HP Buys-in Web Services Management Technology.
Hewlett Packard Co is acquiring web services management specialist Talking Blocks Inc so that it can deliver its Adaptive Enterprise strategy in concert with vendors' web services products.
The proposed acquisition unveiled yesterday, means HP is effectively ending its own planned Web Services Management Engine project, announced at BEA's eWorld conference in March.
HP has entered a definitive agreement to buy privately held Talking Blocks in an undisclosed cash transaction. Talking Blocks' eponymous product integrates and manages web services, and will help flesh-out HP's plan to use web services to manage enterprise systems.
Talking Blocks will be re-worked to generate and read interfaces built in the Web Services Management Framework, being partly driven by HP. Talking Blocks currently uses Java, Corba, .NET and XML adaptors to talk with different systems and the Web Services Management Framework will be added to this.
Al Smith, CTO for HP's web services management organization, said HP's Web Services Management Engine was still at the "lighthouse" stage, and the company hadn't figured out the "technology gateways."
Talking Blocks, meanwhile, has a large customer base and proven code base, Smith said. Talking Blocks, the company, was founded in 2000 and customers include General Dynamics and Verizon.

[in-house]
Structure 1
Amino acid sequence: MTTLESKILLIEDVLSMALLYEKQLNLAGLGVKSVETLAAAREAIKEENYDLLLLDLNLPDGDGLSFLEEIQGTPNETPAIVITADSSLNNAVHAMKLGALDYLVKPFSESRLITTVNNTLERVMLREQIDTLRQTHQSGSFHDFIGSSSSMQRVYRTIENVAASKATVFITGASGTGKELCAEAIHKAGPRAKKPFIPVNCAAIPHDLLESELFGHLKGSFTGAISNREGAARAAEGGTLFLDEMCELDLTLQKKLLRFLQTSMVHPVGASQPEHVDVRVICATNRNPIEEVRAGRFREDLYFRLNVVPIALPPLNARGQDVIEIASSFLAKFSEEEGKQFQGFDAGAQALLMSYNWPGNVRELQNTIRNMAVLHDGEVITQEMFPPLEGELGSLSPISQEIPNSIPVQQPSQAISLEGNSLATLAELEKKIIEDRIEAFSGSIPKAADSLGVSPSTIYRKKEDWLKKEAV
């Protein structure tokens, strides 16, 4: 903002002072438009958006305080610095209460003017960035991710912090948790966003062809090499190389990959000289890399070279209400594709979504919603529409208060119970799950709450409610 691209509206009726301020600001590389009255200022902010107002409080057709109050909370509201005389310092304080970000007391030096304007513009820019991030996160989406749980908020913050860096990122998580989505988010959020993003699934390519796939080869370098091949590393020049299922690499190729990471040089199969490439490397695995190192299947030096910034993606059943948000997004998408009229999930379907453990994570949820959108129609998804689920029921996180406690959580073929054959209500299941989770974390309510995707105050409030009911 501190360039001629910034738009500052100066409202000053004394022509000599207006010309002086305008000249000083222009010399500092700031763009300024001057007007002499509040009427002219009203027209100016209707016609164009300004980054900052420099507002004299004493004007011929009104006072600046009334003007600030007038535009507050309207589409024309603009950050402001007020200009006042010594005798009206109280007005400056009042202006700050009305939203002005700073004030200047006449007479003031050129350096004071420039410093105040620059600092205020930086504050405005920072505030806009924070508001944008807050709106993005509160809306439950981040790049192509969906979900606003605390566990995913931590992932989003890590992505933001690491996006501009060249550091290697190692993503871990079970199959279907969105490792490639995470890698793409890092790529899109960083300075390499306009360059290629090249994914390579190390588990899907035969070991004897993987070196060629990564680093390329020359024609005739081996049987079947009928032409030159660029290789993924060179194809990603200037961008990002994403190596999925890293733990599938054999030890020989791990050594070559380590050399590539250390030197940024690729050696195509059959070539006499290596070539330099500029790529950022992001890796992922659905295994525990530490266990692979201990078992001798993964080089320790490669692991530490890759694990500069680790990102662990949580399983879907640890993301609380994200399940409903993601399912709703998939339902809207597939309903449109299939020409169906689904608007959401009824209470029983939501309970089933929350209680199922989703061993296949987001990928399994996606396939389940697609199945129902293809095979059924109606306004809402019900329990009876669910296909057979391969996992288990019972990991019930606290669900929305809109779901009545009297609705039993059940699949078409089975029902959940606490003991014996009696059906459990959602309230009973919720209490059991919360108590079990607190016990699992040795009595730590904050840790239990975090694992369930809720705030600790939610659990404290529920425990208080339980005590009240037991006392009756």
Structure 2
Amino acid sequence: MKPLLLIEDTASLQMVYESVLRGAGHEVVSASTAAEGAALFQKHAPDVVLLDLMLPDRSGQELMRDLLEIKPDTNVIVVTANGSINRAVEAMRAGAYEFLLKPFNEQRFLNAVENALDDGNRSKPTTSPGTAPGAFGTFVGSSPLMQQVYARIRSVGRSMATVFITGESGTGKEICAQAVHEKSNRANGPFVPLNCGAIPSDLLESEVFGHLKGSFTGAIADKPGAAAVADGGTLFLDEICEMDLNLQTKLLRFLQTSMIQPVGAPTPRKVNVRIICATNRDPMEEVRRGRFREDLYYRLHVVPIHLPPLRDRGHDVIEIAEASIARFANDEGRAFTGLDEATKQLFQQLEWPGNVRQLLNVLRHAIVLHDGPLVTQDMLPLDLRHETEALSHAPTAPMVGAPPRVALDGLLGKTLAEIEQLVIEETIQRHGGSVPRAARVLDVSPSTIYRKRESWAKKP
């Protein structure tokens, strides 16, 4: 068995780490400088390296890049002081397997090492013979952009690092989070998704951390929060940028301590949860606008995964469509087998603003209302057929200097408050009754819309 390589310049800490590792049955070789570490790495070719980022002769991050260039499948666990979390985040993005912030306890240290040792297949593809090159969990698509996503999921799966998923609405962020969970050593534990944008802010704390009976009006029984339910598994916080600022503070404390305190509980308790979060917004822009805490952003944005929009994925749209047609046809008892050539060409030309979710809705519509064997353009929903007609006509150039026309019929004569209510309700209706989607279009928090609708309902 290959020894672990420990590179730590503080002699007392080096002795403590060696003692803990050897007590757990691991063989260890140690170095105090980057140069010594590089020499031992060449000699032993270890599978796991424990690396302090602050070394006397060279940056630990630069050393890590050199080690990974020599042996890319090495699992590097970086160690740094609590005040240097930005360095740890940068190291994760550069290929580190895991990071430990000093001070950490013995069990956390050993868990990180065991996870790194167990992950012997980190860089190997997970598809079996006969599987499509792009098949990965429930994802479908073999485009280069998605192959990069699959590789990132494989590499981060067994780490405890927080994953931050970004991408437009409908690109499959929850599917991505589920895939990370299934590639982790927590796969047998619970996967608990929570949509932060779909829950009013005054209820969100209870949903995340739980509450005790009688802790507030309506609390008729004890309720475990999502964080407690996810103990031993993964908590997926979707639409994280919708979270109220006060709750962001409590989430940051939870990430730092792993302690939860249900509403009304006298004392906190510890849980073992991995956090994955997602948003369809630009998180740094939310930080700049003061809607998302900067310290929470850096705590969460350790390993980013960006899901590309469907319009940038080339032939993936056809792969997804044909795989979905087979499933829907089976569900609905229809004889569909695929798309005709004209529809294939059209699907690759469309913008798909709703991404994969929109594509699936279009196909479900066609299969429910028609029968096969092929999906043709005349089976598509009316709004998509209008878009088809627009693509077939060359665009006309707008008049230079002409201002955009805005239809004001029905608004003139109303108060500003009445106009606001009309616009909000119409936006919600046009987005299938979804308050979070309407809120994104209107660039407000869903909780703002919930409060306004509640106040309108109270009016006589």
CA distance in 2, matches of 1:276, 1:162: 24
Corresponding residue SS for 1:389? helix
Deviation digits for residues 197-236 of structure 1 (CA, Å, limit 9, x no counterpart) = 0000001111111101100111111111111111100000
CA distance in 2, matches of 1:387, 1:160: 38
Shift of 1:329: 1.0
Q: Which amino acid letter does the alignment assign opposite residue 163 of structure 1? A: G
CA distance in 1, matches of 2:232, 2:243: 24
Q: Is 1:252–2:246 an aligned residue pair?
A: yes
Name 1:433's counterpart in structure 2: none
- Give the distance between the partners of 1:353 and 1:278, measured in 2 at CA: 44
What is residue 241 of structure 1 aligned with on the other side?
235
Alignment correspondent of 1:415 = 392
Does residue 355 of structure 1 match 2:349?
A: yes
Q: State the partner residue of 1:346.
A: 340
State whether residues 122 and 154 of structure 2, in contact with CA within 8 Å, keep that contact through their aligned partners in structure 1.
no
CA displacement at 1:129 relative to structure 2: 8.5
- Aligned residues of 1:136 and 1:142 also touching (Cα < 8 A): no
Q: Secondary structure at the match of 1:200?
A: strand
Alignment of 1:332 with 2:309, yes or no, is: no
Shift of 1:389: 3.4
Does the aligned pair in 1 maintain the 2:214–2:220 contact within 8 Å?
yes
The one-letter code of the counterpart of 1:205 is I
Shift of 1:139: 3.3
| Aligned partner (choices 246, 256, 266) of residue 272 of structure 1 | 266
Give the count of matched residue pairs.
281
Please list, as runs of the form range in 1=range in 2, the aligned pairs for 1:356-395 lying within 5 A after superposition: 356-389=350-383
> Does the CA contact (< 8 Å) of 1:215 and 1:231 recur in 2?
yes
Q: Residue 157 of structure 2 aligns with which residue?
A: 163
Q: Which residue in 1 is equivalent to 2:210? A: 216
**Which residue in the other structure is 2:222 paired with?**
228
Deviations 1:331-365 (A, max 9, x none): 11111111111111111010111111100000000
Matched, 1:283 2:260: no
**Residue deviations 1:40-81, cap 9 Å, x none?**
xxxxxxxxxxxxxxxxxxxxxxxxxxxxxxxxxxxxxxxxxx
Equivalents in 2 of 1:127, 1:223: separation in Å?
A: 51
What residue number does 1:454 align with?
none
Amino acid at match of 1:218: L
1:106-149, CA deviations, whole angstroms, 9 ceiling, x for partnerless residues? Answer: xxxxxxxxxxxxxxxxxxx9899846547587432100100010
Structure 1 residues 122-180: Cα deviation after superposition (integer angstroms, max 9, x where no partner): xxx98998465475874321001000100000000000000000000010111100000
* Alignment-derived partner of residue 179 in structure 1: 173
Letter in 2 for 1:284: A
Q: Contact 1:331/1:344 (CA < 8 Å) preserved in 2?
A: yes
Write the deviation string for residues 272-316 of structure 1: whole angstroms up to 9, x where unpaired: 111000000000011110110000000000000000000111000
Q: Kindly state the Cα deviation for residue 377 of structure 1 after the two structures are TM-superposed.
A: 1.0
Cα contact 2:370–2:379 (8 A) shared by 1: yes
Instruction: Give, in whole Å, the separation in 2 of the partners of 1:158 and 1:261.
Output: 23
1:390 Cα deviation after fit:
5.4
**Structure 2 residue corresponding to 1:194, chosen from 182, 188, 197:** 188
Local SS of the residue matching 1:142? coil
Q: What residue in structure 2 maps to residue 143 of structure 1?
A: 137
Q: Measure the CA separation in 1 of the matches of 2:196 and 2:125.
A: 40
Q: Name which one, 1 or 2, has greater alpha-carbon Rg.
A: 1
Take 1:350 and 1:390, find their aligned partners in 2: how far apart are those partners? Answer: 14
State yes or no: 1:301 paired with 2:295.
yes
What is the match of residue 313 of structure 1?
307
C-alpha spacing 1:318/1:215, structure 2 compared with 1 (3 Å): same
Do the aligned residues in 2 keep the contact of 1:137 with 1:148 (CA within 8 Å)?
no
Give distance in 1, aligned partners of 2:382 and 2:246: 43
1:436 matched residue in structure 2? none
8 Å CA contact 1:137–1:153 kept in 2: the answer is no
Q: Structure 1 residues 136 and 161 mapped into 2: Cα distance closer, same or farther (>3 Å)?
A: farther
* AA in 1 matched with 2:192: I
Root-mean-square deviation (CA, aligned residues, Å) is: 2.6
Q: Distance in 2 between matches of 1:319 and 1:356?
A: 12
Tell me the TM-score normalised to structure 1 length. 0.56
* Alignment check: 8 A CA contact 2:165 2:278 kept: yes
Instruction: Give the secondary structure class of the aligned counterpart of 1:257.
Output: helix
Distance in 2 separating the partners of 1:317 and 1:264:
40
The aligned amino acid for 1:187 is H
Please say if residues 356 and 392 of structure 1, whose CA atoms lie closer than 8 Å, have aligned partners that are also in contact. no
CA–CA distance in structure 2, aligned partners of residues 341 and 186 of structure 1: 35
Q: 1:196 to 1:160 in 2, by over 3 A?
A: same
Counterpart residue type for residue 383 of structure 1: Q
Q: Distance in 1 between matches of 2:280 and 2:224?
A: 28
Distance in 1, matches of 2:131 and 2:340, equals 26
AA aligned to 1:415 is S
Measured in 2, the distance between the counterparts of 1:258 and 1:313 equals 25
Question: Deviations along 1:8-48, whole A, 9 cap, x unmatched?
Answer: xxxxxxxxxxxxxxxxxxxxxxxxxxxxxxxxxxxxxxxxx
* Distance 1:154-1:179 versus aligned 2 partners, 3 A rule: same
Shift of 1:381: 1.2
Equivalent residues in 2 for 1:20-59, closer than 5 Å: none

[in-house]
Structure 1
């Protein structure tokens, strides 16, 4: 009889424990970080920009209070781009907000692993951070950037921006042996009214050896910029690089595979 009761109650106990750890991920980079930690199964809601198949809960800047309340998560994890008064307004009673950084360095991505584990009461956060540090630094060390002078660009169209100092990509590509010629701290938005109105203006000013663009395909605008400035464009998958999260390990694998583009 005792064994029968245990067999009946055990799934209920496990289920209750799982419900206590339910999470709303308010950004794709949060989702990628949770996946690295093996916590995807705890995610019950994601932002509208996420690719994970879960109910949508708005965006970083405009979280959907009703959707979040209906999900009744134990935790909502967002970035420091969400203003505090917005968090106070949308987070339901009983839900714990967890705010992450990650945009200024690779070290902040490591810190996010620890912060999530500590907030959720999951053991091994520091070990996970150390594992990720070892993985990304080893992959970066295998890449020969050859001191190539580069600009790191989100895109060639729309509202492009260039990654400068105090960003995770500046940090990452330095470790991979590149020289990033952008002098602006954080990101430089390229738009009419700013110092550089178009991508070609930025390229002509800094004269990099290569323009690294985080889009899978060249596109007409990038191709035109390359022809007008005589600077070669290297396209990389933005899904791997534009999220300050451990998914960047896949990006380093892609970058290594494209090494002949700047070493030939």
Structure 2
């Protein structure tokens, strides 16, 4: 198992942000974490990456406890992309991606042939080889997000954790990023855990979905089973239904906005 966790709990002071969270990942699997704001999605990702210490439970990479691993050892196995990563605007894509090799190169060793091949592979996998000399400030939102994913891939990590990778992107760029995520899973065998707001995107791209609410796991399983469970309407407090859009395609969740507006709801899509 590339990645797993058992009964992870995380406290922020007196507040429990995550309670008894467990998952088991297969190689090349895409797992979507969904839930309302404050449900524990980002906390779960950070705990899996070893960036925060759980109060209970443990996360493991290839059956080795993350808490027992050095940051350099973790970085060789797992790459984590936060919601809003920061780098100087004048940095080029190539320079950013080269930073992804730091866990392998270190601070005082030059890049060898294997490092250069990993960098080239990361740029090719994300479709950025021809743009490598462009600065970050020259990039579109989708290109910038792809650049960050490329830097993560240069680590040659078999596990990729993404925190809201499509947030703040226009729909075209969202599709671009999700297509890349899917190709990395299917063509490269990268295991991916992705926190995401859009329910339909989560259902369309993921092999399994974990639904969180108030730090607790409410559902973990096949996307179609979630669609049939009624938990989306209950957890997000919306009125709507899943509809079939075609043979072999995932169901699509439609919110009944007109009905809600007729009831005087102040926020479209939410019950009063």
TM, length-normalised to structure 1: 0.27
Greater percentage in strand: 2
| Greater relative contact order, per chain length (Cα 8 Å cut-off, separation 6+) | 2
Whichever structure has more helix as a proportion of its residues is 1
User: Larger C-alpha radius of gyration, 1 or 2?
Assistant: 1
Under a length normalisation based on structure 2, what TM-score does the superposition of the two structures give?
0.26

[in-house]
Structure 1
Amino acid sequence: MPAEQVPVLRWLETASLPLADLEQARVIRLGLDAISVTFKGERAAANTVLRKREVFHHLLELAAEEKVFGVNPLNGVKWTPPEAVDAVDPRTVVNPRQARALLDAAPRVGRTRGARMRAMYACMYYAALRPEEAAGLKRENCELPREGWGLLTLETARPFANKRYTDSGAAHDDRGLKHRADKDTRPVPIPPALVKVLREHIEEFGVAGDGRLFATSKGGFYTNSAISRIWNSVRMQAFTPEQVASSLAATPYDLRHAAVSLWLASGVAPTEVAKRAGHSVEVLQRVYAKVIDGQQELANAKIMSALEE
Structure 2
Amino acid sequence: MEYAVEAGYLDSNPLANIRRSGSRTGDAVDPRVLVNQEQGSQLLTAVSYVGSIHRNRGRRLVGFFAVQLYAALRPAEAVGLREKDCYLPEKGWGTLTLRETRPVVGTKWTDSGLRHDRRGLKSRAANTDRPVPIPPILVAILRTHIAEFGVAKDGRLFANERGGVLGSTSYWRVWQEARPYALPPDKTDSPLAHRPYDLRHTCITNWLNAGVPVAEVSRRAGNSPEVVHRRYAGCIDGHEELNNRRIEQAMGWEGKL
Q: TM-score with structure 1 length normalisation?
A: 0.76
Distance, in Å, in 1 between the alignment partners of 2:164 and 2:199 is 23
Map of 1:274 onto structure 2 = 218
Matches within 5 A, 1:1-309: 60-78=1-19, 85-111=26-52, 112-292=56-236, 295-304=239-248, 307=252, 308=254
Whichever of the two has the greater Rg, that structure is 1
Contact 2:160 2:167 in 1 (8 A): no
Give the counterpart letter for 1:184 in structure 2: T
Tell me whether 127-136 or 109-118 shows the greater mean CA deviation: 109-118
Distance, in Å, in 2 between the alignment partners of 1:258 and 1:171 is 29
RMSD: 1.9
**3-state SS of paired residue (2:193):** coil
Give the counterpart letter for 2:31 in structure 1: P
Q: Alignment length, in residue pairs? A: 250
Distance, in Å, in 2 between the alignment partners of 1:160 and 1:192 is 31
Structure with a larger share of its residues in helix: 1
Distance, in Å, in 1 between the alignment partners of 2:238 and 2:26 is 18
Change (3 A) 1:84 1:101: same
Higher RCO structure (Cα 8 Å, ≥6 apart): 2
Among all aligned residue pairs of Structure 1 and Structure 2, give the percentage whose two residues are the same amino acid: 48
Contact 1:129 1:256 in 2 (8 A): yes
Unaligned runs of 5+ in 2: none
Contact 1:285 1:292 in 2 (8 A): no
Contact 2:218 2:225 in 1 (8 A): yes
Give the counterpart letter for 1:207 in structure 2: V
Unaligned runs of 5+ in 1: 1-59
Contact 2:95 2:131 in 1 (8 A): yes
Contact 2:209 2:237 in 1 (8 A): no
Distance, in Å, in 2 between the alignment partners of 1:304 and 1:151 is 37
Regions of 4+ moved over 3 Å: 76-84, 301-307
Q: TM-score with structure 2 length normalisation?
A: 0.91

Smith said the driver behind acquisition was HP's desire to harness Talking Blocks' technology. An acquisition, he said would help speed to market elements of HP's Adaptive Enterprise strategy.
Time-to-market appears to be an important factor behind HP's decision to buy rather than build. The company believes systems management via web service interfaces will become more important during the next few months, as major enterprise software vendors launch updated products that make use of web services.
In pushing the Web Services Management Framework HP believes it can use a series of XML interfaces to search, retrieve and manage systems and application management data, adding new life to the OpenView systems management framework.